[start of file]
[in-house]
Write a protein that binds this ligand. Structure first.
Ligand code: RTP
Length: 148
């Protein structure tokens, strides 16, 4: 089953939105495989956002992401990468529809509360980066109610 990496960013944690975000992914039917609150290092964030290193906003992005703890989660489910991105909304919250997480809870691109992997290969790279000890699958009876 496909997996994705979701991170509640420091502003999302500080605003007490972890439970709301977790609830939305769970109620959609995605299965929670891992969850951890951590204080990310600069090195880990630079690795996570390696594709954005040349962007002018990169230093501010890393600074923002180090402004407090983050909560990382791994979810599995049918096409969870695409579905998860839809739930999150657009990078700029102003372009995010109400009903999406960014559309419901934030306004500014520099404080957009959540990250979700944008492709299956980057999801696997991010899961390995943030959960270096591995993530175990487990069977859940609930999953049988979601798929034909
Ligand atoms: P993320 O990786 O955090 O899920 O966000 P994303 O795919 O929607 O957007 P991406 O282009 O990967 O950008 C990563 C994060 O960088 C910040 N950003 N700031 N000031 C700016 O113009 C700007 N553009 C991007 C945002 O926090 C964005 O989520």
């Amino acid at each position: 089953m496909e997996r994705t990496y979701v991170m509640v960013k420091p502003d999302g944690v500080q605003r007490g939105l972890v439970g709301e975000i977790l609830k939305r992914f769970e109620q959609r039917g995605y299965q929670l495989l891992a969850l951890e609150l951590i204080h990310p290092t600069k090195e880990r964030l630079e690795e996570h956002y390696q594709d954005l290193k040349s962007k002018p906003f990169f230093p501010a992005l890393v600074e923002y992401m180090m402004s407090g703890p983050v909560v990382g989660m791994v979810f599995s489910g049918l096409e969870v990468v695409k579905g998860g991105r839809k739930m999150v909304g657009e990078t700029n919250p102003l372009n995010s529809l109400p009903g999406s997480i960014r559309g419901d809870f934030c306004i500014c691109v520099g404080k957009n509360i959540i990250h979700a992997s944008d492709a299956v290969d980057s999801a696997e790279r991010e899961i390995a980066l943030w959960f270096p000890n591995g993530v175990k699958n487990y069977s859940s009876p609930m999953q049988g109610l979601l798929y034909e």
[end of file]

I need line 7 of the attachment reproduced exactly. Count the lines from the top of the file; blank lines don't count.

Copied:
């Amino acid at each position: 089953m496909e997996r994705t990496y979701v991170m509640v960013k420091p502003d999302g944690v500080q605003r007490g939105l972890v439970g709301e975000i977790l609830k939305r992914f769970e109620q959609r039917g995605y299965q929670l495989l891992a969850l951890e609150l951590i204080h990310p290092t600069k090195e880990r964030l630079e690795e996570h956002y390696q594709d954005l290193k040349s962007k002018p906003f990169f230093p501010a992005l890393v600074e923002y992401m180090m402004s407090g703890p983050v909560v990382g989660m791994v979810f599995s489910g049918l096409e969870v990468v695409k579905g998860g991105r839809k739930m999150v909304g657009e990078t700029n919250p102003l372009n995010s529809l109400p009903g999406s997480i960014r559309g419901d809870f934030c306004i500014c691109v520099g404080k957009n509360i959540i990250h979700a992997s944008d492709a299956v290969d980057s999801a696997e790279r991010e899961i390995a980066l943030w959960f270096p000890n591995g993530v175990k699958n487990y069977s859940s009876p609930m999953q049988g109610l979601l798929y034909e």